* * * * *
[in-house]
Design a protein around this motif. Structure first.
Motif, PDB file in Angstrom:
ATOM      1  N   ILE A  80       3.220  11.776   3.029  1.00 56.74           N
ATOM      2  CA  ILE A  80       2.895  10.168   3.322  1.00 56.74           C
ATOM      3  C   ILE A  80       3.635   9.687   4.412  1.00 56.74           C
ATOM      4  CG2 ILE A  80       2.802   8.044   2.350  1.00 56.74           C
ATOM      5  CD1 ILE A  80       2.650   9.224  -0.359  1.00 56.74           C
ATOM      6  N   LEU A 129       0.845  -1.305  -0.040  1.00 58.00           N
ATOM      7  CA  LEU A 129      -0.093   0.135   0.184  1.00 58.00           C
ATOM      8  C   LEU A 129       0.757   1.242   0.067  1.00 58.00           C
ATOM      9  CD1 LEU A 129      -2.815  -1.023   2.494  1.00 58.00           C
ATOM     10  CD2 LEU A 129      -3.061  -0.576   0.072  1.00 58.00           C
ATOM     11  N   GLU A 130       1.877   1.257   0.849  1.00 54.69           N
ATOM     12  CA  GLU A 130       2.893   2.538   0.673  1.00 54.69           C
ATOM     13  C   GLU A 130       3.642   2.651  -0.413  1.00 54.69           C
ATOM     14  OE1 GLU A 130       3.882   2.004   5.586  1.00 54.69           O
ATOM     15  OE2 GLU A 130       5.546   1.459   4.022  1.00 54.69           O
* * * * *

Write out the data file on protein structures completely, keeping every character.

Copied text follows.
[in-house]
Design a protein around this motif. Structure first.
Motif, PDB file in Angstrom:
ATOM      1  N   ILE A  80       3.220  11.776   3.029  1.00 56.74           N
ATOM      2  CA  ILE A  80       2.895  10.168   3.322  1.00 56.74           C
ATOM      3  C   ILE A  80       3.635   9.687   4.412  1.00 56.74           C
ATOM      4  CG2 ILE A  80       2.802   8.044   2.350  1.00 56.74           C
ATOM      5  CD1 ILE A  80       2.650   9.224  -0.359  1.00 56.74           C
ATOM      6  N   LEU A 129       0.845  -1.305  -0.040  1.00 58.00           N
ATOM      7  CA  LEU A 129      -0.093   0.135   0.184  1.00 58.00           C
ATOM      8  C   LEU A 129       0.757   1.242   0.067  1.00 58.00           C
ATOM      9  CD1 LEU A 129      -2.815  -1.023   2.494  1.00 58.00           C
ATOM     10  CD2 LEU A 129      -3.061  -0.576   0.072  1.00 58.00           C
ATOM     11  N   GLU A 130       1.877   1.257   0.849  1.00 54.69           N
ATOM     12  CA  GLU A 130       2.893   2.538   0.673  1.00 54.69           C
ATOM     13  C   GLU A 130       3.642   2.651  -0.413  1.00 54.69           C
ATOM     14  OE1 GLU A 130       3.882   2.004   5.586  1.00 54.69           O
ATOM     15  OE2 GLU A 130       5.546   1.459   4.022  1.00 54.69           O